there was a highly or very highly significant increase in liver and lung tumors, enlarged thymuses (indicative of thymomas or lymphomas), and hemorrhage into the peritoneum ... NDGA decreased the size of liver tumors by 24% relative to those found in the control mice, suggesting that it may decrease the rate of tumor growth. However, the total mass of the tumors per mouse was unchanged, suggesting it may increase hepatic tumorigenesis

Verdict: don't eat that shit, kids!
To sum up, NDGA leads to only a small increase in median lifespan associated with liver pathology and other potential side-effects.This is more akin to the fate of Tithonus than what we see with Rapamycin or dietary restriction. I predict, this effect will appear more and more often in the literature with substances that produces such mixed and modest results like NDGA.

If you are in the business of self-experimentation, and some people are, do yourself a favour and consider calorie restriction or Rapamycin first.

What's next?
First, we'll need safe NDGA derivatives to pursue their development any further. Then let's discuss what we may see from Spindler I'm quoting my old post with links to the actual studies/blog posts discussing them:

Other interventions tested by Spindler et al....

There is also unpublished data (straight from the source) on simvastatin and simvastatin+enalapril, which seem to work in his screening test. In the same talk Spindler says, he "confirmed" the NDGA data using at least 3 different doses - top dose was toxic, however [this paper].

Everolimus (rapamycin-related) seemed to make the cut too. Oxaloacetate worked somewhat. Something "strange" worked (undisclosed substance). Other drugs already in clinical use also made it. ALT-711 failed (AGE inhibitor). Carnitine was neutral to negative(!) CoQ10 - meh! Rasagiline i.e. a Deprenyl derivative did nothing.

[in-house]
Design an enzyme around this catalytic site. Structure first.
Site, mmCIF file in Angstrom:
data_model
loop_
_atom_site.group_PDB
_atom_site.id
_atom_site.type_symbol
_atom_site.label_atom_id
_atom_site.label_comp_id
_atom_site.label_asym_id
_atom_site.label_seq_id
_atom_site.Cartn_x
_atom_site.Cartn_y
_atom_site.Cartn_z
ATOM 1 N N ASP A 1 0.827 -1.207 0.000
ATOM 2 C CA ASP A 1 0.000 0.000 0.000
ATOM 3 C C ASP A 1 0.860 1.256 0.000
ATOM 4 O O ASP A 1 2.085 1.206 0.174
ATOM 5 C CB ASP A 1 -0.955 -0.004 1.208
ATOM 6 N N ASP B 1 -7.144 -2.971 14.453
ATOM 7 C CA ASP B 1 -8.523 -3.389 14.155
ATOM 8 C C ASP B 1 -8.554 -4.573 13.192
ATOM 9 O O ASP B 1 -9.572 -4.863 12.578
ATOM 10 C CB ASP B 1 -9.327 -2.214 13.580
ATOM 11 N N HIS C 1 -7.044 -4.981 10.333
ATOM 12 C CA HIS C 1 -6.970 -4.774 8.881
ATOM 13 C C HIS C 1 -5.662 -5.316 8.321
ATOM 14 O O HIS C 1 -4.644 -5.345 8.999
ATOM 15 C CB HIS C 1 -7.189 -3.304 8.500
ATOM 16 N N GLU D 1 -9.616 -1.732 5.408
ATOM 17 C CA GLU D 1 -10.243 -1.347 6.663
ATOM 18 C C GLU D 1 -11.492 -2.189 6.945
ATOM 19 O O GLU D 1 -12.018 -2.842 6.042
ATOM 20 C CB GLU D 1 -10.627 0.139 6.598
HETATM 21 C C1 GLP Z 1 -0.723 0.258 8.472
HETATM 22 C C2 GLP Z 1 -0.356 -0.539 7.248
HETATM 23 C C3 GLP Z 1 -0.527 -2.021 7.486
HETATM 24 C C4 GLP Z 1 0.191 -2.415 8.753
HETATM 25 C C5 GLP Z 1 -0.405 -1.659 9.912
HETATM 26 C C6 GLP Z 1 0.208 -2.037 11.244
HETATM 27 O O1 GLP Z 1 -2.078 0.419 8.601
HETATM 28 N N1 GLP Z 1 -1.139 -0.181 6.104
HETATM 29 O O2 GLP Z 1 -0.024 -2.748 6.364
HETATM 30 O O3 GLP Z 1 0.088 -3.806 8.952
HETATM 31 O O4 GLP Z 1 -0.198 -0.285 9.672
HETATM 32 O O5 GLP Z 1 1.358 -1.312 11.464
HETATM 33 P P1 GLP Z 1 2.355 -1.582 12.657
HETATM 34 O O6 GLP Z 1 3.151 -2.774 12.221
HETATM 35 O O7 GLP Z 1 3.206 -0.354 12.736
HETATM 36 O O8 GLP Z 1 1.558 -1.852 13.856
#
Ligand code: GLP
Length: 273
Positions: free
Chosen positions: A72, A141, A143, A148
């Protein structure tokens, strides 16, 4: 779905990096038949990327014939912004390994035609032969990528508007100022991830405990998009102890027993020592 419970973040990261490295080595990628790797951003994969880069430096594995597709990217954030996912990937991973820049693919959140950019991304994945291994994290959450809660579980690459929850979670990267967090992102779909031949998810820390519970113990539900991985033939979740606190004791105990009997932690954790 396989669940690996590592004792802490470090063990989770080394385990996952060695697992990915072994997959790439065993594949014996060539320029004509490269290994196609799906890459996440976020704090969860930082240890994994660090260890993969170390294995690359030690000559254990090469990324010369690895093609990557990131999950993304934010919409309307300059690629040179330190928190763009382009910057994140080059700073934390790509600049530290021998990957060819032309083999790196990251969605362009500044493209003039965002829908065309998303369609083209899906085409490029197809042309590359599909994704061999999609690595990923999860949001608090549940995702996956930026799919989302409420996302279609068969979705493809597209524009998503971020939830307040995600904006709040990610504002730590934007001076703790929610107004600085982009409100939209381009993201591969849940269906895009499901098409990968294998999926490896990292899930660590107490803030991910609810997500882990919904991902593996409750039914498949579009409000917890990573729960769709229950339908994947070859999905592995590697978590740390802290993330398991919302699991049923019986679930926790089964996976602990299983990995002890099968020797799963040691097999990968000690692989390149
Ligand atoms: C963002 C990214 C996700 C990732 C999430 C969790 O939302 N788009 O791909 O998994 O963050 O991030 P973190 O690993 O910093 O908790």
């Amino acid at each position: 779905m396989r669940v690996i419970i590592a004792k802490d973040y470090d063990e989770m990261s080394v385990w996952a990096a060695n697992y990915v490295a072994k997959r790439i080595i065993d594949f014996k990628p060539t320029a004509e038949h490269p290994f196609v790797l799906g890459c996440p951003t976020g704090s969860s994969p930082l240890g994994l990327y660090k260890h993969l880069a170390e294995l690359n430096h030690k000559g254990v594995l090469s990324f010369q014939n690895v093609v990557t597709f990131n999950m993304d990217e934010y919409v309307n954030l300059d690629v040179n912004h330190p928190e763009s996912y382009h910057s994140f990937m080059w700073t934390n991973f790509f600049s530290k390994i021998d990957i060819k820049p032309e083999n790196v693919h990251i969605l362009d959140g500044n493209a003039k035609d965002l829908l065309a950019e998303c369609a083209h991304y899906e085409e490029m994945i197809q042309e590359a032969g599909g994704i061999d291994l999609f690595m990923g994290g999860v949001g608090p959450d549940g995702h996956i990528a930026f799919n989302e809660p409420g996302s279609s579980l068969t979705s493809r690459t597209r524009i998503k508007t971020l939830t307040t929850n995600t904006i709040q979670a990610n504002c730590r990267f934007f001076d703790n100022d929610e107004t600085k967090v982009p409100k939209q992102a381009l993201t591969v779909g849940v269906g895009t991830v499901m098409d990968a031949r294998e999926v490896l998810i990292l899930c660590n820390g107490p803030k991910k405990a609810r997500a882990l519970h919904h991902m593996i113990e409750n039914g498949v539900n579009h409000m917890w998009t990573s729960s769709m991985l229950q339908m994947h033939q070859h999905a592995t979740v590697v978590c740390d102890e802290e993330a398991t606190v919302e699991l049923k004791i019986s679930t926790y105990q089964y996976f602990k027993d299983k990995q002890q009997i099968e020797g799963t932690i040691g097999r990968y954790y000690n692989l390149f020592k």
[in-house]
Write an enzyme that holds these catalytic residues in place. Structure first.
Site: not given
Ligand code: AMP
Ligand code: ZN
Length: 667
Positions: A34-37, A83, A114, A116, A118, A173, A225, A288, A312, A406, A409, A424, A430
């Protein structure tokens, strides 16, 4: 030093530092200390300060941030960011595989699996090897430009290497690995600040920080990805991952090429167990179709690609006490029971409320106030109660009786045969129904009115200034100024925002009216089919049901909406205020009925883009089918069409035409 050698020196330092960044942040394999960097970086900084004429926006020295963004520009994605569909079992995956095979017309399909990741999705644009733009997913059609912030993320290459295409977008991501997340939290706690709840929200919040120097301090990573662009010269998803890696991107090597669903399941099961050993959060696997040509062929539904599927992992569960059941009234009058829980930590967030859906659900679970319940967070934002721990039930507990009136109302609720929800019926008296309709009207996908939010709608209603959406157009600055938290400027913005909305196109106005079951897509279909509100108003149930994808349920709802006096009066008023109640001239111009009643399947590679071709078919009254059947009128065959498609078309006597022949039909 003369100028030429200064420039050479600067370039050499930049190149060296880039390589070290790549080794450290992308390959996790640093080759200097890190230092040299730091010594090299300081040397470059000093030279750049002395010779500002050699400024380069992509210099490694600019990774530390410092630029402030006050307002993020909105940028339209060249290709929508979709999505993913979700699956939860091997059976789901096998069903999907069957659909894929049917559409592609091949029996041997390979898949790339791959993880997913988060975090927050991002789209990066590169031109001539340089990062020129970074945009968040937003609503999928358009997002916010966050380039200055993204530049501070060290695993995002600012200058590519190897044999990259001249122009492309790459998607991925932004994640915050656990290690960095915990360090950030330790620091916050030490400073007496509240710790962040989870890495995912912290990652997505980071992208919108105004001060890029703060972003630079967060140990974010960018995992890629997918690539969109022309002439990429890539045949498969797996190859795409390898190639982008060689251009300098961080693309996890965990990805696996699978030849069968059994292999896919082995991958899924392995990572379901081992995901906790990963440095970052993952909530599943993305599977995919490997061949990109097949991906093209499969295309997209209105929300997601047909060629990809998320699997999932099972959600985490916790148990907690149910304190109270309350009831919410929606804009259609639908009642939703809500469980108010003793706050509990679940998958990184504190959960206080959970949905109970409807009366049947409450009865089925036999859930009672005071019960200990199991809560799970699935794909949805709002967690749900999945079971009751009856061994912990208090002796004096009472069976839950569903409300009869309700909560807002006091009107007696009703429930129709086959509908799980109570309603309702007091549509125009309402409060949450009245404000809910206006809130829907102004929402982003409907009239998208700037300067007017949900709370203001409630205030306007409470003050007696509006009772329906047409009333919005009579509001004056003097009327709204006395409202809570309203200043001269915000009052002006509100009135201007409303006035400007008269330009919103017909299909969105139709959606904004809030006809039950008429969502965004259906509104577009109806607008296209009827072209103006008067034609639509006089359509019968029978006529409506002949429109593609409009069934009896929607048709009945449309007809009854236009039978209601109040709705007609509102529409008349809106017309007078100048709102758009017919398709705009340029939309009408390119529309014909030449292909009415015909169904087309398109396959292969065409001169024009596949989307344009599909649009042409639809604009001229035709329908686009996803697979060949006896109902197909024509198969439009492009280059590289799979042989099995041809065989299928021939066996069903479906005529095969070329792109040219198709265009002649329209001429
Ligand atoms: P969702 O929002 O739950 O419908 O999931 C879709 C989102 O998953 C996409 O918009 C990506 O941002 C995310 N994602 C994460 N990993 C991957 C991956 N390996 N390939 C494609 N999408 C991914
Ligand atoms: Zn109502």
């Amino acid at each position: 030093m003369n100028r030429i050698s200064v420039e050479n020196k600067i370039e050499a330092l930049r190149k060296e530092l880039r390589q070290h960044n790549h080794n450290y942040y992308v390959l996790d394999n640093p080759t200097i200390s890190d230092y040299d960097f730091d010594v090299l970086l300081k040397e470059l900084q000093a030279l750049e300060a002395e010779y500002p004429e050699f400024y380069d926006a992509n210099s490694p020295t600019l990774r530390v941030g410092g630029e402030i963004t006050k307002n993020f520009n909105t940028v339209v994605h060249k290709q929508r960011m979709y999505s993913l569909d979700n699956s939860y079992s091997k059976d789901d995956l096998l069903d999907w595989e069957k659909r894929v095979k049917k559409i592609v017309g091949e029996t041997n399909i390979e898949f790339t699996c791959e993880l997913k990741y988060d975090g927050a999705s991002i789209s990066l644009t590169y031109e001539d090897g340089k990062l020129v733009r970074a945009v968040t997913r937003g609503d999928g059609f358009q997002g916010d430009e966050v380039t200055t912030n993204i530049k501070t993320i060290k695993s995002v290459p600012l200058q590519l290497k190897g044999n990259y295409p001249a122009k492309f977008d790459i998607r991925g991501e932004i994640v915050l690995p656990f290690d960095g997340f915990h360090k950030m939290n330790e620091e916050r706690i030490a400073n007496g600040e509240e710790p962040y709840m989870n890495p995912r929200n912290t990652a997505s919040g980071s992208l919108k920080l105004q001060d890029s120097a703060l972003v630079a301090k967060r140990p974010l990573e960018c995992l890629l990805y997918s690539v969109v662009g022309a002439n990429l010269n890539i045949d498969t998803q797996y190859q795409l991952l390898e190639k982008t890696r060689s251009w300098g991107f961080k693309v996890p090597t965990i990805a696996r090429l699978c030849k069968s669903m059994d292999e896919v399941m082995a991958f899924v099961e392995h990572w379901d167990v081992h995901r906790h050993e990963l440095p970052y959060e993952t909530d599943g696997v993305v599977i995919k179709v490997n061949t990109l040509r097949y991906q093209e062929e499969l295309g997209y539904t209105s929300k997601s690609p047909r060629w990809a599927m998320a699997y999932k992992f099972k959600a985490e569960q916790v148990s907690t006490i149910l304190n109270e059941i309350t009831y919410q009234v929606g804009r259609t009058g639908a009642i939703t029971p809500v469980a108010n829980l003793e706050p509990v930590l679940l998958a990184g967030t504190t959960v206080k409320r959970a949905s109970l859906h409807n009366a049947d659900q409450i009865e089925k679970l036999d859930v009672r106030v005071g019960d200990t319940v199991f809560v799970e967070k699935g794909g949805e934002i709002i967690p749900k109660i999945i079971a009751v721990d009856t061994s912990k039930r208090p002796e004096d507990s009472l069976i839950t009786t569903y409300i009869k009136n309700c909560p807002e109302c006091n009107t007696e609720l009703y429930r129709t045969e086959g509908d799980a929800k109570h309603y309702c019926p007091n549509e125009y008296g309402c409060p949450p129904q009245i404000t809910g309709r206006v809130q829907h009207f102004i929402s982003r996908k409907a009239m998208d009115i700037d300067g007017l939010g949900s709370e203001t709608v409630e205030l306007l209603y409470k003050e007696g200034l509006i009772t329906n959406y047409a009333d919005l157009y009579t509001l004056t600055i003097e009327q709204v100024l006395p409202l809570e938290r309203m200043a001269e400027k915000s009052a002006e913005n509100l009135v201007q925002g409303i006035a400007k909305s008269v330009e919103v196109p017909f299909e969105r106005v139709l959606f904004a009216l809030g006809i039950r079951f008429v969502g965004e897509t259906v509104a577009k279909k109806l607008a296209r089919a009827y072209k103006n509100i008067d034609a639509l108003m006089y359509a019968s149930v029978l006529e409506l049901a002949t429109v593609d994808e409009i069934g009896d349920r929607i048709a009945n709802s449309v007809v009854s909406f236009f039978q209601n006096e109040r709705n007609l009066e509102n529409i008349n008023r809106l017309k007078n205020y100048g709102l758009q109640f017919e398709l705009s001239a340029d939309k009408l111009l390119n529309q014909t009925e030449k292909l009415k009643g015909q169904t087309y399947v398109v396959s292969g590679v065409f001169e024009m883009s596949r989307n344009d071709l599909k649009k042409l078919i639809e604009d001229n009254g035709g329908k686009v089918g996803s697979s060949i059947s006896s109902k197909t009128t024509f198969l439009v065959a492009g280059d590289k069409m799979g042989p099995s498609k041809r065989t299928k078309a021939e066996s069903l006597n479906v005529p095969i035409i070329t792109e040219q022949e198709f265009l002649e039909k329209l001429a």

LExtension mix (neutral to negative), orthocore (neutral), "biostimus-??" (neutral to negative), lovaza ("it was death to these mice..actually it was not quite significant, but you decide whether you want to take it[...]..liver damage"), nicotinic acid (bad), nutraceutical combo DIY (detrimental), orthocore+pomegranate+resv+SAMe+sesame oil (toxic! / liver damage), cyperone acetate (bad liver damage).

1. https://www.fightaging.org/archives/2004/03/the-ubiquity-of-the-tithonus-error.php

2. J Clin Invest. 2013 Aug 1;123(8):3204-6.Rapamycin, anti-aging, and avoiding the fate of Tithonus.Richardson A1.

3. Mech Ageing Dev. 2005 Feb;126(2):305-7.Do deficiencies in growth hormone and insulin-like growth factor-1 (IGF-1) shorten or prolong longevity?Laron Z1.

4. Nordihydroguaiaretic Acid Extends the Lifespan of Drosophila and Mice, Increases Mortality-Related Tumors and Hemorrhagic Diathesis, and Alters Energy Homeostasis in Mice.
Spindler SR, Mote PL, Lublin AL, Flegal JM, Dhahbi JM, Li R.
J Gerontol A Biol Sci Med Sci. 2014 Nov 7. pii: glu190. [Epub ahead of print]